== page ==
Become a More Productive Writer
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    “If you’re just starting out as a writer, you could do worse than strip your television’s electric plug wire, wrap a spike around it, and then stick it back into the wall. See what blows, and how far.”

    –Stephen King, On Writing

    I admit it: Stephen King has never been my cup of tea, and yet with him here I do not demur.

    I was recently reminded of this quote by a writer named Jon Morrow, who not quite two years ago said the following:

    A couple of years ago, I decided to do a test. I cut my TV time to one show per day and then read for two hours instead.

    The result?

    My creativity exploded. I went from writing 1,000 words per day to pumping out over 2,000 words per day in the same amount of time.

    So, now I’m a believer. Television may be popular, but it’s poisonous to creativity, and all truly dedicated writers need to limit their exposure to it.


    A high-jumper I used to be friends with, a former teammate named Mike Kylop, once told me that the best jumpers love to jump.

    So how do you become a more productive writer?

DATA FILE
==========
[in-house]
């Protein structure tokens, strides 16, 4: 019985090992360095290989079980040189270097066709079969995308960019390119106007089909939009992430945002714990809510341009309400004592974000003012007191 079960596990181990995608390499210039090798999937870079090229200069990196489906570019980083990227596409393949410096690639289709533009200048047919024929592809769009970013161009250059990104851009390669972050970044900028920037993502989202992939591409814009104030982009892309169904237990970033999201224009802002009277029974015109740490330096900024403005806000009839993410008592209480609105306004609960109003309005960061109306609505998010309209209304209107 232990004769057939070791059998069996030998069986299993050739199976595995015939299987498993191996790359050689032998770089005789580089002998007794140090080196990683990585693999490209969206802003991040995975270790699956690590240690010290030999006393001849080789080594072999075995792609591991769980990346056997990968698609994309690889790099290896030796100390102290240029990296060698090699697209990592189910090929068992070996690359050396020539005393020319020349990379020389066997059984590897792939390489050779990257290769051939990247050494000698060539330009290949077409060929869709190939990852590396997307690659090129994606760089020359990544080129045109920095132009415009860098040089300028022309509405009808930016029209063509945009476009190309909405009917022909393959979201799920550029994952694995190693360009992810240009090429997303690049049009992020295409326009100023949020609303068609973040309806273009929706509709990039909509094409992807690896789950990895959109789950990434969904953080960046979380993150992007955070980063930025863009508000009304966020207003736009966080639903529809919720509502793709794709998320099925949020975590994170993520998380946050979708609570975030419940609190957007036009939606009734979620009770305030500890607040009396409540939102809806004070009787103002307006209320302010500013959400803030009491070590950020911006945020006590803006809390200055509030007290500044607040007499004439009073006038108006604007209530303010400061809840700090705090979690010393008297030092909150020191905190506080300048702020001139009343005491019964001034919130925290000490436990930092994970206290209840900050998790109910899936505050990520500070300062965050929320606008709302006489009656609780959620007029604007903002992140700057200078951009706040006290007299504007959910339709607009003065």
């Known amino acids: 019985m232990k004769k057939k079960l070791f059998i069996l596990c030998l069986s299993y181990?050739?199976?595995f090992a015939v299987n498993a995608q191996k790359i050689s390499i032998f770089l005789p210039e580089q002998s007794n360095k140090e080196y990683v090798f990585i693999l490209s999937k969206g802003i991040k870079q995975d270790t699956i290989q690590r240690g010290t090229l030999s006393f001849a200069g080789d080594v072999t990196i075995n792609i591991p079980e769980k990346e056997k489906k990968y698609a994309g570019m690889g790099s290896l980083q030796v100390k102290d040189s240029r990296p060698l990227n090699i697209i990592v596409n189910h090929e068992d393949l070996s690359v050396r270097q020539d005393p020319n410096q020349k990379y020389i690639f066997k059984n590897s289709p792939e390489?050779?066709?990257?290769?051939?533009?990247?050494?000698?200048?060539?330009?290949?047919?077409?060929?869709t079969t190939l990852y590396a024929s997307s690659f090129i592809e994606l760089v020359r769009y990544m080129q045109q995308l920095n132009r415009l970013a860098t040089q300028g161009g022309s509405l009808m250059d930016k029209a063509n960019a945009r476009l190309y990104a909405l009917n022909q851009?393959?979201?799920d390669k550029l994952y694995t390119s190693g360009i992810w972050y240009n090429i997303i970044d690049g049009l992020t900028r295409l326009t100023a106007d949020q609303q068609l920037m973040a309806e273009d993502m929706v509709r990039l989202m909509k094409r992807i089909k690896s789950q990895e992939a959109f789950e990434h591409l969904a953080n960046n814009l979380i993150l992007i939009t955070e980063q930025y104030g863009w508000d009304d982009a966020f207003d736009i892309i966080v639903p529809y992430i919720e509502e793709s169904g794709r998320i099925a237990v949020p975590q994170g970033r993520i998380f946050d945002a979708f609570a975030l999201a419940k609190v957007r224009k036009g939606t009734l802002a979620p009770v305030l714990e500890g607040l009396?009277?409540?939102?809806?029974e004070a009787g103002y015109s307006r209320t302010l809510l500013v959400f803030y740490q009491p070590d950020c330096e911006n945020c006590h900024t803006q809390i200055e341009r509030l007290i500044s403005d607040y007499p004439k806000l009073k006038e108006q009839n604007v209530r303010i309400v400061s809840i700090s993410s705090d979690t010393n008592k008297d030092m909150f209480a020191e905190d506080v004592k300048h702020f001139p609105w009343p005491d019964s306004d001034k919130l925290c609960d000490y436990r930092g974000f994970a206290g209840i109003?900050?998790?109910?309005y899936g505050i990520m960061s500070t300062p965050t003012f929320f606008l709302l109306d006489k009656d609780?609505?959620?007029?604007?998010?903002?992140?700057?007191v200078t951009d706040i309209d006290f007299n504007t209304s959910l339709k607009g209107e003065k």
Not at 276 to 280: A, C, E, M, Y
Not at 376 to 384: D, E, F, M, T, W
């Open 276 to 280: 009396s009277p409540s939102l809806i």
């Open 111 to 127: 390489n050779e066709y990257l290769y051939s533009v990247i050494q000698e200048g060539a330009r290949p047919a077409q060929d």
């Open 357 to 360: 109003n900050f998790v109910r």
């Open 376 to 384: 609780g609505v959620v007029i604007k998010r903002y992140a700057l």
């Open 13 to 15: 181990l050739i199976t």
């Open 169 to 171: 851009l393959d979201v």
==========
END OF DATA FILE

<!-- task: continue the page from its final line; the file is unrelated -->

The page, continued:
First, you make writing your passion. Next, you make writing a habit.

    Is television really poison? Is Twitter? Facebook? Instagram?

    I don’t know about all that (apart from the obvious fact that these platforms are nothing more than propaganda outlets), but I do know that if there were only one thing I could pinpoint that’s made me personally into a more productive writer — and, really, when you get down to it, there is only one thing — it’s this:

    1. Write.
    2. Write more.
    3. Write even more.
    4. Write even more than that.
    5. Write when you don’t want to.
    6. Write when you do.
    7. Write when you have something to say.
    8. Write when you don’t.
    9. Write every day.
    10. Keep writing.

    April 10th, 2014 | journalpulp | No Comments | Tags: , ,

About The Author

Ray Harvey

I was born and raised in the San Juan Mountains of southwestern Colorado. I've worked as a short-order cook, construction laborer, crab fisherman, janitor, bartender, pedi-cab driver, copyeditor, and more. I've written and ghostwritten several published books and articles, but no matter where I've gone or what I've done to earn my living, there's always been literature and learning at the core of my life.

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